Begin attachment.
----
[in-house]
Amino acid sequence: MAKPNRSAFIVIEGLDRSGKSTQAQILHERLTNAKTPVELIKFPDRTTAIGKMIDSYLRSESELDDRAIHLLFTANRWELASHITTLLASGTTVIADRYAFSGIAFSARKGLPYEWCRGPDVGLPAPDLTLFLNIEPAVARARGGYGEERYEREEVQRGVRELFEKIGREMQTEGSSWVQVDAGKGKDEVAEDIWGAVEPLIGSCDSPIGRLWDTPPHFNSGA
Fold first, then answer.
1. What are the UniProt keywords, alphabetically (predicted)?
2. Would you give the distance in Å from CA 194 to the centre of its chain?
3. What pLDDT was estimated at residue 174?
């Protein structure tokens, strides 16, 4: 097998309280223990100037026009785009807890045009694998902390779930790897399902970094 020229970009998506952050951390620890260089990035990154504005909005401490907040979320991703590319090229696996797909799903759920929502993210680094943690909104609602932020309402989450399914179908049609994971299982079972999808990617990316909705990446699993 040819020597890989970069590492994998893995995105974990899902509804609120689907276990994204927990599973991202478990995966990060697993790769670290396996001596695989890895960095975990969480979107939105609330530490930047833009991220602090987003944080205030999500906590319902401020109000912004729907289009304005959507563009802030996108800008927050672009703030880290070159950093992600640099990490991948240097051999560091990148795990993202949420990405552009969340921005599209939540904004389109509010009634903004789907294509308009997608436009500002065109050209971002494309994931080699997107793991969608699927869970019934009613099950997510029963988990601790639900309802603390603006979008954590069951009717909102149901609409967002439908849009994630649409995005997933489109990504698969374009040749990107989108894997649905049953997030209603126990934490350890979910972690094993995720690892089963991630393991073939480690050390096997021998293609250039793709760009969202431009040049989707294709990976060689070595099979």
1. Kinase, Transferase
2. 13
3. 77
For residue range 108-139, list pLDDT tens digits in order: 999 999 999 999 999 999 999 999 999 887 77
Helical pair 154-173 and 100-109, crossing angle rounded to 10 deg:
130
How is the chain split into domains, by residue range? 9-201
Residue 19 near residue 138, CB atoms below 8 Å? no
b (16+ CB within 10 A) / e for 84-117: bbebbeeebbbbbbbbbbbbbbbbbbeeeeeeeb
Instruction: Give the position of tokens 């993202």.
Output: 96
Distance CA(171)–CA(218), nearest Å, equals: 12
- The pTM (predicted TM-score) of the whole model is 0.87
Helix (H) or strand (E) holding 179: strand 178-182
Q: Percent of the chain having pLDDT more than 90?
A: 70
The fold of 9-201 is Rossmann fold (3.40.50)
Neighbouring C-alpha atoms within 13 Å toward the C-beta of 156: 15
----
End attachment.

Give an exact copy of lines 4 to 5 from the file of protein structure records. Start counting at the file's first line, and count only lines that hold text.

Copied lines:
1. What are the UniProt keywords, alphabetically (predicted)?
2. Would you give the distance in Å from CA 194 to the centre of its chain?